On Wed, Nov 14, 2007 at 04:44:27PM +0800, David Kuk wrote:
> After study about the memory configuration of sigma smp8634, i found
> some difficult to accomplish the task.
> so my question is if have two 128MB ram separately under dram0 and dram1
> controller, where dram0 for linux and dram1 for video decoding. Now the
> situation is the memory for linux is not enough and video decoding can
> not use all of it's 128MB at dram1, what we plan to do is to share 64MB
> at dram1 to the linux kernel as high memory, and only reserved 64MB at
> dram1 for the video decoding.
> first, in MIPS architecture, we found that the kseg0 and kseg1 are
> mapped to 0x00000000-0x20000000, which include only dram0 controller, so
> we wish to add the dram1 memory manually to the kernel using function
> add_memory_region at setup.c , after booting up result the warning that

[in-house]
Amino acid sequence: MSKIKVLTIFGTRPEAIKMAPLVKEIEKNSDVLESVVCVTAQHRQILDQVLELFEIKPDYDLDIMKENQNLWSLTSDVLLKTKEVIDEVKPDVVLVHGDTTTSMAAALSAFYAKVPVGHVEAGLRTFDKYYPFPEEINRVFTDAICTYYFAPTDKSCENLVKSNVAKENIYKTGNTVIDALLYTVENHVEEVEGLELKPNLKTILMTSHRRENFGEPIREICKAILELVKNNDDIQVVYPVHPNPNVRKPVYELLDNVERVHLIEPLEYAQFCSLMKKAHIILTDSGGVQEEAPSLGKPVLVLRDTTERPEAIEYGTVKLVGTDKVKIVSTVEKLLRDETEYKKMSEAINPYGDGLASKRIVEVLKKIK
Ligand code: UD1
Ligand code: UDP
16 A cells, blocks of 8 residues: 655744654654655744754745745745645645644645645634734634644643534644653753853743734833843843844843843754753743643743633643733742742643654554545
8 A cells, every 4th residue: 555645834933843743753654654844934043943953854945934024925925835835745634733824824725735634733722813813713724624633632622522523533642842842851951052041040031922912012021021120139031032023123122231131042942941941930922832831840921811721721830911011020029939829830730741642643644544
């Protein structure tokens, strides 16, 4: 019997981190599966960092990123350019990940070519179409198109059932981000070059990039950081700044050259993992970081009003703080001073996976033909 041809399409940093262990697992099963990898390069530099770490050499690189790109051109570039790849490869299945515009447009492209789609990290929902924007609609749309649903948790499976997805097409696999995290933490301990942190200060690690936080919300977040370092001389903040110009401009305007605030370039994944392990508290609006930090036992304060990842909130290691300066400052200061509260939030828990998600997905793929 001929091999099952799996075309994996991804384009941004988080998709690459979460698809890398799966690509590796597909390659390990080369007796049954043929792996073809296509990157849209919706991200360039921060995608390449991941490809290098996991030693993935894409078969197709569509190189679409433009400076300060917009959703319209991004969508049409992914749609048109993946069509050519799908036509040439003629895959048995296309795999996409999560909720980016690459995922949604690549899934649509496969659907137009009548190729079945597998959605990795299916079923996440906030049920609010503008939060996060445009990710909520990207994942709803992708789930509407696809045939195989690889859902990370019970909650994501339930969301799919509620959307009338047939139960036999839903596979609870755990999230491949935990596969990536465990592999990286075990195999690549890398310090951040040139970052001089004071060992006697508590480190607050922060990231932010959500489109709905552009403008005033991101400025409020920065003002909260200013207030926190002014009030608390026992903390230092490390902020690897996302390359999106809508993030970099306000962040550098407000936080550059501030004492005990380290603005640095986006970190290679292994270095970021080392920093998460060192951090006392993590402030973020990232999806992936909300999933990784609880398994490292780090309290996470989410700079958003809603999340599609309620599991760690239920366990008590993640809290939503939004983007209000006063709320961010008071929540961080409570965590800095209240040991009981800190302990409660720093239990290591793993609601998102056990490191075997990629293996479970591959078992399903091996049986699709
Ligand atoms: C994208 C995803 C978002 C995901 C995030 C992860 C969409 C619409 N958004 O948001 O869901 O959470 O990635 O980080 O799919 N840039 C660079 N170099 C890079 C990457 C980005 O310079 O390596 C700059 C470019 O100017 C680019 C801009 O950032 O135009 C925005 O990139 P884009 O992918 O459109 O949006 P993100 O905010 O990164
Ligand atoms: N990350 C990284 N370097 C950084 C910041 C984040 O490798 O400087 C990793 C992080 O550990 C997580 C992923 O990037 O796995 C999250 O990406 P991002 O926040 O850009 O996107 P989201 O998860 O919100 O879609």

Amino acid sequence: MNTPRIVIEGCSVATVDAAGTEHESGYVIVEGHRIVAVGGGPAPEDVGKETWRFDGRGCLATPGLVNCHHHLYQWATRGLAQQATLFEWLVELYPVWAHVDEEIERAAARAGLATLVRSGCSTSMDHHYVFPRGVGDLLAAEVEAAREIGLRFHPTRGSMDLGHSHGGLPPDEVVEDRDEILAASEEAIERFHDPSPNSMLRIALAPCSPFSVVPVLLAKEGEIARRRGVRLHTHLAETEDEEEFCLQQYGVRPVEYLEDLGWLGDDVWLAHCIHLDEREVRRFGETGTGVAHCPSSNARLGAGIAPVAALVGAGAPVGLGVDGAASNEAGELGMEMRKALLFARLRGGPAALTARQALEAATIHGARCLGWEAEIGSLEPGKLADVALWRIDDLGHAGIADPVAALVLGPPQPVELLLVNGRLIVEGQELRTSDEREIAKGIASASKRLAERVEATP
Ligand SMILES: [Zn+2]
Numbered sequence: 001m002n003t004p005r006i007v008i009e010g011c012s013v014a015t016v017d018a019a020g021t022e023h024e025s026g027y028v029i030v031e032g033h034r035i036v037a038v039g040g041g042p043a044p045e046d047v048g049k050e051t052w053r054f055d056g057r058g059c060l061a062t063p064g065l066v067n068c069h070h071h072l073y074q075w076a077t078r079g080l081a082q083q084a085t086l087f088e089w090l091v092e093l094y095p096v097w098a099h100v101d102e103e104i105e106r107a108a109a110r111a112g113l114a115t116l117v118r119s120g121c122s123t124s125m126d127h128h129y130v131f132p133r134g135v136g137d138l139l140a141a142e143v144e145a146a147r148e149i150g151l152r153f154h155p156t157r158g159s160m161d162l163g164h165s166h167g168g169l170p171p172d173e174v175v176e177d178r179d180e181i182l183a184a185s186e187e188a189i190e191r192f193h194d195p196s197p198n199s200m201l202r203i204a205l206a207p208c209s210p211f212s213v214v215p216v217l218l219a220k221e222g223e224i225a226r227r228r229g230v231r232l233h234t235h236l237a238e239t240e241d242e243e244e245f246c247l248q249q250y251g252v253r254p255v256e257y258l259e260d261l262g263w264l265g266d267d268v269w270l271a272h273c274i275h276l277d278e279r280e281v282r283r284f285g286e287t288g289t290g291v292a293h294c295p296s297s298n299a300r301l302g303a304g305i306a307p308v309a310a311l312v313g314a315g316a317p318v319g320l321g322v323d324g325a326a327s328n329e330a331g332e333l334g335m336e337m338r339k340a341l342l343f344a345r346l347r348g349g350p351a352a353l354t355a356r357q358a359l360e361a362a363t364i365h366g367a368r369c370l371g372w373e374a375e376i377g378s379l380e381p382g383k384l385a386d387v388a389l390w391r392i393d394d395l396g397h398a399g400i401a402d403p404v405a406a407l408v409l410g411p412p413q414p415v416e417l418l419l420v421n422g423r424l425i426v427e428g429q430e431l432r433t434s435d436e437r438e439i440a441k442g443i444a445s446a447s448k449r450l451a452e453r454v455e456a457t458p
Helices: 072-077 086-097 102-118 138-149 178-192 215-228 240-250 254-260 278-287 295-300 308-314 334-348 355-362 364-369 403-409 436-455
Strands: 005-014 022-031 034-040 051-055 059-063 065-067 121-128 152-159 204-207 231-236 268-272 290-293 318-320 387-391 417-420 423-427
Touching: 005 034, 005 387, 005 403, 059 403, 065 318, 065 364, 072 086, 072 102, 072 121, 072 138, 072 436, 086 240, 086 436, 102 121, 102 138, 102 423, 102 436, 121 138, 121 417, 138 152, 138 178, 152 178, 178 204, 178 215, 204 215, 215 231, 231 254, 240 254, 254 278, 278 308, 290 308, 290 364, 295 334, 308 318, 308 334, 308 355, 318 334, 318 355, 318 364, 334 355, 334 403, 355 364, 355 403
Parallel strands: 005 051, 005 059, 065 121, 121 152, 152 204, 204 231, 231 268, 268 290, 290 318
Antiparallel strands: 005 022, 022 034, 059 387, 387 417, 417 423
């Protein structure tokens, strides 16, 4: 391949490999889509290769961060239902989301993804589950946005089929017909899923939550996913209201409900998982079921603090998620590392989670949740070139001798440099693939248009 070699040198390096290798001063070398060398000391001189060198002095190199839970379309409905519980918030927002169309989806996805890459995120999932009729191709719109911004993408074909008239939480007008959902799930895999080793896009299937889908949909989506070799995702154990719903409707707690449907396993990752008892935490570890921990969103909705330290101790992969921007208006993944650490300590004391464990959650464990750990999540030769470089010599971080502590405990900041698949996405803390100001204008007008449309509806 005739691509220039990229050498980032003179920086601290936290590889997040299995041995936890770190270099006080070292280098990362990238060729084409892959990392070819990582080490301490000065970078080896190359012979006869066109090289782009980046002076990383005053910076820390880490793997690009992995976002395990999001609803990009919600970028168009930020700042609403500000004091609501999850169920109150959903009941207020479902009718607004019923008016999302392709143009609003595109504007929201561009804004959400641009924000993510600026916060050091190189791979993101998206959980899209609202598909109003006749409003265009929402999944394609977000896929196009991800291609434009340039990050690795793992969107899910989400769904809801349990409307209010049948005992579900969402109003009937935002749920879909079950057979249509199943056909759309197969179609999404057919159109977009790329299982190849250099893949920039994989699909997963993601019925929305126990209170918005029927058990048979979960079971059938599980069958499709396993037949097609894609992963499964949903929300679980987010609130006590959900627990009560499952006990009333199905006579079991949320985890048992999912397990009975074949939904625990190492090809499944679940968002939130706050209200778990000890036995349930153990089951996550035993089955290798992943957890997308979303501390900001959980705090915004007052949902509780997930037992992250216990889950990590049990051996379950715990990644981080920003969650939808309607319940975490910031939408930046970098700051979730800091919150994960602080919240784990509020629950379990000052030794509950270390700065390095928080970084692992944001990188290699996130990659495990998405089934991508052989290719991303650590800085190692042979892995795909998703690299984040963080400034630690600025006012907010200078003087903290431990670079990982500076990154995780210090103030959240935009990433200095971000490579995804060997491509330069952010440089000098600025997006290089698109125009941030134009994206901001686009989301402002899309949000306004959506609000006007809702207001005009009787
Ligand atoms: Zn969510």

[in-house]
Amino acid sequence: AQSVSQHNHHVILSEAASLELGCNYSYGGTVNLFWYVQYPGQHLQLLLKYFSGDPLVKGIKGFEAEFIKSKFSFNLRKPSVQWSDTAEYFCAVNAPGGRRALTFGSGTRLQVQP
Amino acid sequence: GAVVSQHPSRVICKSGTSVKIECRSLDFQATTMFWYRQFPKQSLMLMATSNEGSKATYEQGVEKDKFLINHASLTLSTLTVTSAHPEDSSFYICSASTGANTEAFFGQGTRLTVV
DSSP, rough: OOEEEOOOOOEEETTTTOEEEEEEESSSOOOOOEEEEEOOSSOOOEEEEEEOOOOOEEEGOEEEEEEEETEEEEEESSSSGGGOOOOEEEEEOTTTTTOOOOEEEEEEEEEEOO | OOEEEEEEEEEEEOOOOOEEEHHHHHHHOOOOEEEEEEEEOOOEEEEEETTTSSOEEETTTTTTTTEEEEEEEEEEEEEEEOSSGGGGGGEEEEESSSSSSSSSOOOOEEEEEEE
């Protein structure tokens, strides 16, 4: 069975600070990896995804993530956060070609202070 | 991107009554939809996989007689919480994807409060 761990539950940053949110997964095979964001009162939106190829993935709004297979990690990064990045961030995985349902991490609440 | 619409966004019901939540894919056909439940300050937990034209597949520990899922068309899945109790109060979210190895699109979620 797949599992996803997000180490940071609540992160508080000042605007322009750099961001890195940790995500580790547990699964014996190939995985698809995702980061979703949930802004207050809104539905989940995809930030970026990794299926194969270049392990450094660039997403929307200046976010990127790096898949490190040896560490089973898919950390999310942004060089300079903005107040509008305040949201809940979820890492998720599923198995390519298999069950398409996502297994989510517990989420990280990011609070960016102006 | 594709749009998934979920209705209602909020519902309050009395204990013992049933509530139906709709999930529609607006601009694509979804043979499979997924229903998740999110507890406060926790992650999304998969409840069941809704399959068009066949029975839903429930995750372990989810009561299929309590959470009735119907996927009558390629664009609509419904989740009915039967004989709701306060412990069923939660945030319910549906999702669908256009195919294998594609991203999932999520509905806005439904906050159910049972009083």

> the memory larger than 512 need to configured the kernel support high
> then when we configure the kernel to support high memory at menu
> configure, the kernel when booting up will remind us our CPU do not
> support high memory due to cache aliases.
This is really a software restriction. I originally developped highmem for
MIPS on a Sibyte SB1250 which doesn't suffer from aliases so I didn't even
attempt to solve the cache aliasing issue. The other platforms on whic
highmem used to be used was the E9000 family but it seem by now the users
of these platforms have all moved to full 64-bit kernels, so aside fo the
implementation restrictions has also started to bitrot a little.
What would be necessary to get it to work is to flush the page from cache at
kunmap() rsp. kunmap_atomic() time. That should do the trick though there
are significant further optimizations possible.
An alterantive to solve the aliasing issue would be to increase the
page size to 16K. Again, the combination of highmem and 16K pages is
I don't know what processor core Sigma is using in this SOC. In case its a
64-bit core, don't waste even a nanosecond on highmem, just go for a 64-bit
kernel, it's much less painful than highmem.